Vegan Chocolate Chips
I always have about 7 bags of different kinds of dairy free chocolate chips in my cupboard because I use them in so many desserts! I’m a big fan of dark chocolate because it adds a bitter flavor note to things that are usually really sweet and most of the time its Vegan. Just make sure to read the ingredients on the package before purchasing and if it helps usually the ones that say “Allergy friendly” don’t contain any animal products. Be careful though for added lactose and the “secret” animal products that aren’t as obvious. One of my favorite brands right now is “Enjoy Life” their mini semi sweet chips are perfect to mix into cookies dough and banana bread!
Vegan Cream Cheese
I use vegan cream cheese in a lot of my icing recipes, specifically in my cinnamon rolls. My favorite by far is Miyoko’s plain cream cheese. We don’t have it at any of my local supermarkets so I have to drive an hour out to Anchorage’s Natural Pantry in order to get it but it is well worth the trek! As far as soft vegan cheese’s go in general, Miyoko’s has my whole heart. I loovvee them! However, you can make your own vegan cream cheese using cashews and a couple other things but that takes a bit more time and I’m still working on my “cheese” making abilities.
Apple Cider Vinegar
This is a really important ingredient in recipes that call for it because typically it’s used as a leavening agent and flavor enhancer. When paired with baking soda it helps to produce the reaction that allows cakes and similar goods to rise and be fluffy. I do recommend buying a bottle of it if you can; typically it’s in the organic health food section of the grocery store, because it lasts a long time and is important. However, there are many recipes out there that don’t need apple cider vinegar to produce their reactions and you usually can replace it with other acids to produce the same outcome just research prior to substituting.
Making vegan buttermilk is pretty much the same as making “regular” buttermilk, you just substitute cow milk for plant milk and boom! Same reaction! The recommended ratio is usually 1 cup to 1 tbsp, so 1 cup of your favorite plant based milk and 1 tbsp of lemon juice, leave it to sit a minute or two and it should start to thicken up. Then it’s ready to use in all of your favorite recipes that ask for buttermilk!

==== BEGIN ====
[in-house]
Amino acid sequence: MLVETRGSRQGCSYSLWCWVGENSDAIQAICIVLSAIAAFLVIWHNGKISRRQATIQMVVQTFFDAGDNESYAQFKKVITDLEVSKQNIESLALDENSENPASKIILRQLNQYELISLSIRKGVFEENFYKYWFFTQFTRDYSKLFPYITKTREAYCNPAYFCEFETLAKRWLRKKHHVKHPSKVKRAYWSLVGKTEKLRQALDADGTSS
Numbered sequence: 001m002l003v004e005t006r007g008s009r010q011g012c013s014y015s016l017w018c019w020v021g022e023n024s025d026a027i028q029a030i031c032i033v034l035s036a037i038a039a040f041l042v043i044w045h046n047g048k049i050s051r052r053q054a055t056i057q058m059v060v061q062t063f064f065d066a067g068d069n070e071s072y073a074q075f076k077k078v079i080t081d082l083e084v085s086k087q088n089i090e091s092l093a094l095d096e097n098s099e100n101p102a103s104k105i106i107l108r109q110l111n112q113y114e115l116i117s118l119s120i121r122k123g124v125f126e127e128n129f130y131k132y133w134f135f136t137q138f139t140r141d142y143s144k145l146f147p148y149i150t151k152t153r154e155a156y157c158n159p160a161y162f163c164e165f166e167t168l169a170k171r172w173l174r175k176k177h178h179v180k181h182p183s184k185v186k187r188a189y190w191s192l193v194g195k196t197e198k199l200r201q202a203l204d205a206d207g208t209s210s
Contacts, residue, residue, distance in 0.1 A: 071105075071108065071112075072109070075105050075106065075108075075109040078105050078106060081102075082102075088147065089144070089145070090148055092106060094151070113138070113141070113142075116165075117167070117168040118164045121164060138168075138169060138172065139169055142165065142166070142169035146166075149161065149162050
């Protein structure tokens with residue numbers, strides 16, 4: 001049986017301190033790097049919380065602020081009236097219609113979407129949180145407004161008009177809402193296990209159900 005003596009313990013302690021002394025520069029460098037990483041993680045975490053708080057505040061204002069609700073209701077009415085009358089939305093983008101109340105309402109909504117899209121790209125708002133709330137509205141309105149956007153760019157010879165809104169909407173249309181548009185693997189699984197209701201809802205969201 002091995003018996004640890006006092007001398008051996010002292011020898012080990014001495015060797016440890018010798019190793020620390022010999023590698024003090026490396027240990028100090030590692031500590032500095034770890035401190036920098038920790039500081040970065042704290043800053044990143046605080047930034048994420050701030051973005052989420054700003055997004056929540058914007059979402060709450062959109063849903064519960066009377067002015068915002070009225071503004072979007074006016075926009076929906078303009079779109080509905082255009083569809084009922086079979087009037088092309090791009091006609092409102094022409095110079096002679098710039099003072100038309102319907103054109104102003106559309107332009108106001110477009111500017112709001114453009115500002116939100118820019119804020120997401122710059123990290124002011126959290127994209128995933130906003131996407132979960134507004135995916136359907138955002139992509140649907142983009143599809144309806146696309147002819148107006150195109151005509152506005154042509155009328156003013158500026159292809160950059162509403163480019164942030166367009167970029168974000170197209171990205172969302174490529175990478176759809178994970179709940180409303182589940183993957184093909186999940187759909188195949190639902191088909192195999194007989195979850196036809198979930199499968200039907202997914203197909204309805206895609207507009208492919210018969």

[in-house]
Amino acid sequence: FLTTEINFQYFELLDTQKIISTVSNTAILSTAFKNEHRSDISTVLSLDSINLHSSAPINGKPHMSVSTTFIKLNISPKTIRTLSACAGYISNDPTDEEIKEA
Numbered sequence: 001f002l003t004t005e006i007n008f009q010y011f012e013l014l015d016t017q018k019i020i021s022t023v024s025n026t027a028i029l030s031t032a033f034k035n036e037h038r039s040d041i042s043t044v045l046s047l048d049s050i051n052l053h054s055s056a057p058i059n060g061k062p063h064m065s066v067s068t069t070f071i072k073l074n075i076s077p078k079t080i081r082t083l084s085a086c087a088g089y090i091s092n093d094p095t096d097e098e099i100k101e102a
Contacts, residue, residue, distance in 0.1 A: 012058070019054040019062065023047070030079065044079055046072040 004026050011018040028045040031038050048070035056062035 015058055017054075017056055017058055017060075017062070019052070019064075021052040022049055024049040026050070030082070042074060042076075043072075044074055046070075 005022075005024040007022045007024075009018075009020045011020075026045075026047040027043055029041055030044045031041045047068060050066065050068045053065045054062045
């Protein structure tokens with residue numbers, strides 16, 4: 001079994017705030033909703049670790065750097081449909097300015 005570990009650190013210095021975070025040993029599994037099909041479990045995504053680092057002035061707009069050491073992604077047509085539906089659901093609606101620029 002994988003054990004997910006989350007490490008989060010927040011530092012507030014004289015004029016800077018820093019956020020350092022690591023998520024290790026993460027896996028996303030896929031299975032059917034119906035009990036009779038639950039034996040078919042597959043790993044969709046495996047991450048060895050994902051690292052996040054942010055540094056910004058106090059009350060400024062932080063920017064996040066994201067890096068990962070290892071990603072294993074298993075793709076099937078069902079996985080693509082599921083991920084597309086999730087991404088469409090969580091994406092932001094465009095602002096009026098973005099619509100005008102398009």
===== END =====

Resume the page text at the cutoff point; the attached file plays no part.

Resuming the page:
I get my coconut cream from cans of full fat coconut milk, the cream will rise to the top of the can over the course of it sitting on the store shelf so when you buy it its already separated perfectly. Just be careful not to shake the can, open it up and scoop the cream off the top into a separate bowl and you’re good to go! I love using coconut cream in my frosting recipes, to make ganache, and even lemon bars. It gives everything such a nice smooth texture that is hard to get without it.
okay, okay, this isn’t a specialty Vegan baking ingredient but it is so important!! Please buy flaked salt, do you absolutely need it to make the recipe work? No. Does it completely enhance the flavor of recipes with chocolate and make everything taste impossibly delicious? Yes! Using flaked salt in my cookie recipes has honestly made them so much more addicting. You can use regular salt to get a similar affect but I really recommend getting the flaked variety. It’s perfect for baked goods, truffles, pretty much everything.
Thats all for my list of specialty vegan baking ingredients that I highly advise stocking up on to make the best plant based treats ever! Thank you for reading and I’m so excited to show you how I use these ingredients and many more in my own recipes starting this week!